Tongzi hominids are potentially a new human ancestor in Asia
The CENIEH has been participating in a comparative research about human teeth discovered in this Southern China site which has revealed that Tongzi’s teeth do not fit the morphological pattern of traditional Homo erectus.
The Researchers María Martinón-Torres and José María Bermúdez de Castro have co-authored a research about the hominids from Tongzi which was published in the Journal of Human Evolution from the Centro Nacional de Investigación sobre la Evolución Humana (CENIEH) which reveals that Tongzi teeth do not fit the morphological pattern of traditional Homo erectus and that these teeth could potentially represent the highly targeted “Denisovans”.
Between 1972 and 1983, the four teeth were discovered in the Yanhui Cave in Tongzi, Southern China. Their chronology is between 172,000 and 240,000 years old and they were originally identified as late Homo erectus or ancient Homo sapiens.
This research was led by Song Xing from the Institute of Vertebrate Paleontology and Paleoanthropology in Beijing (IVVP). The morphology of hominid teeth has been reassessed by geometric morphometrical analysis and Micro-Computed Tomography (micro-CT) as well as through morphological standard comparisons.
Tongzi teeth have been primarily compared with hominids during the same chronological period (Late Middle Pleistocene) and/or in the same geographical region (East Asia). However, the comparative sample includes a wide range of hominids.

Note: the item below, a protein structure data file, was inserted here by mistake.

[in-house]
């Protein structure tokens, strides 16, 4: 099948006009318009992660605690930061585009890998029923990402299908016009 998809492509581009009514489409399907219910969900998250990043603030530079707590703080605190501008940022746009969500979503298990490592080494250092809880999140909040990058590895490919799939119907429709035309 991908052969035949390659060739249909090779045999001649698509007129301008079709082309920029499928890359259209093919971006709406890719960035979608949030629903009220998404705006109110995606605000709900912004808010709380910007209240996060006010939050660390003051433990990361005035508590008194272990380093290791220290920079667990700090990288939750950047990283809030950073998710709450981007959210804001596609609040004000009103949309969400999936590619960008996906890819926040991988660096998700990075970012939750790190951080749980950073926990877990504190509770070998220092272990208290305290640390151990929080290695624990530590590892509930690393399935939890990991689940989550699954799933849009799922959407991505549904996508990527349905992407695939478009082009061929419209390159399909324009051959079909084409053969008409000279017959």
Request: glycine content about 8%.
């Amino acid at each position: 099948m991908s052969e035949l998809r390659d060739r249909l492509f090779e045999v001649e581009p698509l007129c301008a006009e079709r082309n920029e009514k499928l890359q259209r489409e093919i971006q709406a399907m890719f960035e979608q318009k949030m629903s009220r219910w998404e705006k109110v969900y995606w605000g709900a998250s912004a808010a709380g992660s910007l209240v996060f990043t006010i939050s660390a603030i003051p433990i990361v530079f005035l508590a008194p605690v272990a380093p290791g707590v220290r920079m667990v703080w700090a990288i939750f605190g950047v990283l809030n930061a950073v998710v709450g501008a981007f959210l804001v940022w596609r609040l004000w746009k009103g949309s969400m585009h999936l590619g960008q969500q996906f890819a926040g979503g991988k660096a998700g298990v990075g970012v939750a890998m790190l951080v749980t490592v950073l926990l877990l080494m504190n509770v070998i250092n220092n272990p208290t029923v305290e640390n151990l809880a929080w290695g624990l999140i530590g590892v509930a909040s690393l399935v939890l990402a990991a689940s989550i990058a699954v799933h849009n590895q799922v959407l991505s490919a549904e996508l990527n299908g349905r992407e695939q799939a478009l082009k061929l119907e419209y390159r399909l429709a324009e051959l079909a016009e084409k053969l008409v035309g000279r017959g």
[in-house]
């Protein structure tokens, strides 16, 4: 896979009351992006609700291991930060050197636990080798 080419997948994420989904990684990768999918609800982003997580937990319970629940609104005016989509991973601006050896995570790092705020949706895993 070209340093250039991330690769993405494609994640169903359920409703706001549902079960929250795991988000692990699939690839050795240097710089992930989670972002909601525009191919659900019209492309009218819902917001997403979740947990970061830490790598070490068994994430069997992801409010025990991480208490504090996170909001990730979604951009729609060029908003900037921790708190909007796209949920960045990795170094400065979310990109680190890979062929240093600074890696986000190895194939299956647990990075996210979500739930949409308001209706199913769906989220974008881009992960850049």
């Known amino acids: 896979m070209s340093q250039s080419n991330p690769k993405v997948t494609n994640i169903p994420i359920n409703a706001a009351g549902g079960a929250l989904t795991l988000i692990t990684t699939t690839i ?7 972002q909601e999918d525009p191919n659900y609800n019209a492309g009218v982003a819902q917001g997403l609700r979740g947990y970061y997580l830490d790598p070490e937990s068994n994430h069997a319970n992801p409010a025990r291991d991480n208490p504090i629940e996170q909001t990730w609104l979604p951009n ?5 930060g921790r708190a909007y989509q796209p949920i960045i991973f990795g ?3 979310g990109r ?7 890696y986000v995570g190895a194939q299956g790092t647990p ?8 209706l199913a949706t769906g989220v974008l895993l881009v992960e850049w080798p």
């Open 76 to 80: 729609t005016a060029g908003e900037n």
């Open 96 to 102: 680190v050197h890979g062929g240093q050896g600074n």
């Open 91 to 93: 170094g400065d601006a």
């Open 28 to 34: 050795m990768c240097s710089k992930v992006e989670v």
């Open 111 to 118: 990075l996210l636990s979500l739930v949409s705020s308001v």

More generally, the results indicate the existence of more than one human population in East Asia during this period: one which may be taxonomically classified as Homo erectus (exemplified by fossils such as Zhoukoudian, Hexian and Yiyuan); and a second which may be characterized by the existence of derived traits more commonly observed in recent species of the Homo genus, such as crown symmetry, tongue thrusting and the simplified dentine surface of the third premolar.
“More genetic and fossil discoveries would be necessary to evaluate the taxonomy of the “non-erectus” populations of the Middle Pleistocene, such as the Tongzi hominids, which could be good candidates for the Denisovan ancestry,” says María Martinón-Torres.
These populations are related to the Neanderthals who lived in Asia during the Late Middle Pleistocene and the Upper Pleistocene period which was discovered in 2010 from the genetic analysis of a phalanx and a tooth found in the Denisova cave in the Altai massif (Russia). An abundant amount of genetic information has been collected from the Denisovans but there are very few fossil remains. Therefore, both their physical appearance and their identification in the fossil record remain a mystery.
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